I dont know if you ever get used to this format, Pressel said. Its definitely a bit crazy. Thats part of the reason why its like that. Its a story line and it draws attention. It makes it exciting. It definitely makes it exciting come Sunday. Youve just got to play well.
It really is that simple.
Now, maybe for the first time all season, Pressel believes shes playing well enough to win.
Shes got a great will for the game and a feistiness about her, that as long as it takes, nothings going to hold her down, said Kerr, a longtime friend who had Pressel among the bridesmaids in her wedding. Thats just the way she is. She made a change in coach and some changes to her putting and some things, but thats what good players do. If somethings not working, they find a way to make it work.

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    Cabreras win PNC Father/Son Challenge

    By Associated PressDecember 17, 2017, 11:36 pm

    ORLANDO, Fla. - Angel Cabrera and Angel Cabrera Jr. closed with a 12-under 60 for a three-shot victory in their debut at the PNC Father/Son Challenge.

    The Cabreras opened with a 59 at The Ritz-Carlton Golf Club and were challenged briefly by the defending champions, David Duval and Nick Karavites, in the scramble format Sunday. The Argentines went out in 30, and they had a two-shot lead with Cabrera's son came within an inch of chipping in for eagle on the final hole.

    They finished at 25-under 199 for a three-shot victory over Duval and Karavites, and Bernhard Langer and Jason Langer. The Langer team won in 2014.

    Mark O'Meara and Shaun O'Meara tied for fourth at 21 under with Jerry Pate and Wesley Pate.

    Cabrera wasn't even in the field until two-time U.S. Open champion Curtis Strange and his son, Tom Strange, had to withdraw.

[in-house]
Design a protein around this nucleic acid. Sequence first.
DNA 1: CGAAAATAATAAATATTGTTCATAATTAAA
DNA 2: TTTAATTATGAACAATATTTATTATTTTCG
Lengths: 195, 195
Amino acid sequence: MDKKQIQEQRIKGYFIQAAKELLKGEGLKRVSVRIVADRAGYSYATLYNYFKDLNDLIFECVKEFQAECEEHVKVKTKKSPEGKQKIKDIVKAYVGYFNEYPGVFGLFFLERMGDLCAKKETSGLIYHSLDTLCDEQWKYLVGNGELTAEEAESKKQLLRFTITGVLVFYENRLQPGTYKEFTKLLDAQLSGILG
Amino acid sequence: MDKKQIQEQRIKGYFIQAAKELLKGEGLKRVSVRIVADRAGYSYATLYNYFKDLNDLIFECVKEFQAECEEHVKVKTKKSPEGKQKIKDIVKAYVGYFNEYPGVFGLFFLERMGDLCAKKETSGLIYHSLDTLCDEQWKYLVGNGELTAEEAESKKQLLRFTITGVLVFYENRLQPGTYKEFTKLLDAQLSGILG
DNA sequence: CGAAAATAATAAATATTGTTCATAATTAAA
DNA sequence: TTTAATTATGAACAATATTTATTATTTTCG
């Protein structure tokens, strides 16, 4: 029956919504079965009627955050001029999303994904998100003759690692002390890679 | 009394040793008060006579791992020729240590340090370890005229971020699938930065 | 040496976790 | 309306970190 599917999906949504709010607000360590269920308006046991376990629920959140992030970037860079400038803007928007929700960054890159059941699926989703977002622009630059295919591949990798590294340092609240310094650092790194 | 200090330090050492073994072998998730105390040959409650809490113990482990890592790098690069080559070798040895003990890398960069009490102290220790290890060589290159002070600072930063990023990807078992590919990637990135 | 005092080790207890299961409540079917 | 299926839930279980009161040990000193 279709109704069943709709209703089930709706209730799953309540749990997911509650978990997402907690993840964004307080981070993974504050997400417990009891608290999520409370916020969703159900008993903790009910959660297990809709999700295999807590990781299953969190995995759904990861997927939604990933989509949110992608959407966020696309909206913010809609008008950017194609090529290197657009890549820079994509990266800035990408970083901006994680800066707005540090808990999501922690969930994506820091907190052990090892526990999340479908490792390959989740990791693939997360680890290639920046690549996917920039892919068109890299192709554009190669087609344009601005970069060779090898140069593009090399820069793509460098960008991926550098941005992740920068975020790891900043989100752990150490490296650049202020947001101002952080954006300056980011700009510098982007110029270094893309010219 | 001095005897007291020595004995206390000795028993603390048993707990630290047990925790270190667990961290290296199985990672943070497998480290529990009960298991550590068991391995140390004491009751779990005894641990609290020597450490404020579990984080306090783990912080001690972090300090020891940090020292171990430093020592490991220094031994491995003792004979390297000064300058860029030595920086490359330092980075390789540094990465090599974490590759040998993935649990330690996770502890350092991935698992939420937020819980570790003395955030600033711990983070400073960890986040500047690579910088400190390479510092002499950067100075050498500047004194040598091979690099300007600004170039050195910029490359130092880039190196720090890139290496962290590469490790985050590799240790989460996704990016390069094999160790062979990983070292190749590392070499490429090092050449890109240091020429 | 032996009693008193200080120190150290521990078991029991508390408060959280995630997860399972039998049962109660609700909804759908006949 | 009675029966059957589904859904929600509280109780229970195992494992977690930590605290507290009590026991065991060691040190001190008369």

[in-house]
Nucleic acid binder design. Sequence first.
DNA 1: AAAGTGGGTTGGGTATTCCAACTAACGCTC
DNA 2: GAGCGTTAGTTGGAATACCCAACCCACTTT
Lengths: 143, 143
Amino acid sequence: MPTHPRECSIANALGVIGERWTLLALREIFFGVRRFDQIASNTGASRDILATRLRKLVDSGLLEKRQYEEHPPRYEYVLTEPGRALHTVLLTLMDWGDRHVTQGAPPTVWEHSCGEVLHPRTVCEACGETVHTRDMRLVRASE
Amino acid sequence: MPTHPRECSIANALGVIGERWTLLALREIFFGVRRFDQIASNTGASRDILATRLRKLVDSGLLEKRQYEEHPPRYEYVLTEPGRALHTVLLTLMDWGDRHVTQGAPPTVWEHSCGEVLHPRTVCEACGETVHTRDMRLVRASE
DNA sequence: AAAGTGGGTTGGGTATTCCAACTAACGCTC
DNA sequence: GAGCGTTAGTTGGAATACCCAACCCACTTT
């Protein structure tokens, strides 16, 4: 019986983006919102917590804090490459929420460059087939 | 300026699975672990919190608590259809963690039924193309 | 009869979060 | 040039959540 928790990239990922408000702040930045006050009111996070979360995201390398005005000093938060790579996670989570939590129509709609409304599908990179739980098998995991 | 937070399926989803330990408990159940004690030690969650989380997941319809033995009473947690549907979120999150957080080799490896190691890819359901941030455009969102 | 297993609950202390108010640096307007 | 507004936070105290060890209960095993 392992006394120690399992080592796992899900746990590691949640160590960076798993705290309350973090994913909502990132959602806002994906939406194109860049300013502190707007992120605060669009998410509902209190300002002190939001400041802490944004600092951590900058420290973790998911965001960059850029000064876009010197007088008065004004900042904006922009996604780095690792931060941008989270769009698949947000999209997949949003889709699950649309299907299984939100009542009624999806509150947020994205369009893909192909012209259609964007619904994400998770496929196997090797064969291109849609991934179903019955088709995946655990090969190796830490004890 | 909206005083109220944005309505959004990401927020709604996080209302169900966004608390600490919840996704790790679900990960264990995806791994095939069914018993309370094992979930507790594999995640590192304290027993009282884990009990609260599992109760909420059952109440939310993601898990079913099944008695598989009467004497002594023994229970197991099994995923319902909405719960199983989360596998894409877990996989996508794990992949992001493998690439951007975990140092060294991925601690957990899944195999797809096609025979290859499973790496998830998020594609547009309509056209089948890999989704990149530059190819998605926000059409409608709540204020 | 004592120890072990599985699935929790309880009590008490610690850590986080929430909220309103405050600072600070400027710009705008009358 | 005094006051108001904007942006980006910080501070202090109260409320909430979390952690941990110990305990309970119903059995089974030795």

Duval and his stepson went out in 28, but the Cabreras regained control by starting the back nine with back-to-back birdies, and then making birdies on the 13th, 14th and 16th. The final birdie allowed them to tie the tournament scoring record.

    ''This is certain my best week of the year,'' said Cabrera, the 2009 Masters champion and 2007 U.S. Open champion at Oakmont. ''To play alongside all the legends ... as well as playing alongside my son, has been the greatest week of the year.''

    The popular event is for players who have won a major championship or The Players Championship. It is a scramble format both days.

    In some cases, the major champions lean on the power of their sons for the distance. O'Meara said Saturday that his ''little man'' hit it 58 yards by him on the 18th. And on Sunday, Stewart Cink said son Reagan told him after outdriving him on the opening four holes, ''In this tournament I may be your son, but right now I'm your Daddy!''

    Jack Nicklaus played with his grandson, G.T. They closed with a 64 and tied for 15th in the field of 20 teams.

    Rose wins; Aphibarnrat earns Masters bid in Indonesia

    By Will GrayDecember 17, 2017, 1:59 pm

    Justin Rose continued his recent run of dominance in Indonesia, while Kiradech Aphibarnrat snagged a Masters invite with some 72nd-hole dramatics.

    Rose cruised to an eight-shot victory at the Indonesian Masters, carding bookend rounds of 10-under 62 that featured a brief run at a 59 during the final round. The Englishman was the highest-ranked player in the field and he led wire-to-wire, with Thailand's Phachara Khongwatmai finishing second.

    Rose closes out the year as perhaps the hottest player in the world, with top-10 finishes in each of his final 10 worldwide starts. That stretch includes three victories, as Rose also won the WGC-HSBC Champions and Turkish Airlines Open. He hasn't finished outside the top 10 in a tournament since missing the cut at the PGA Championship.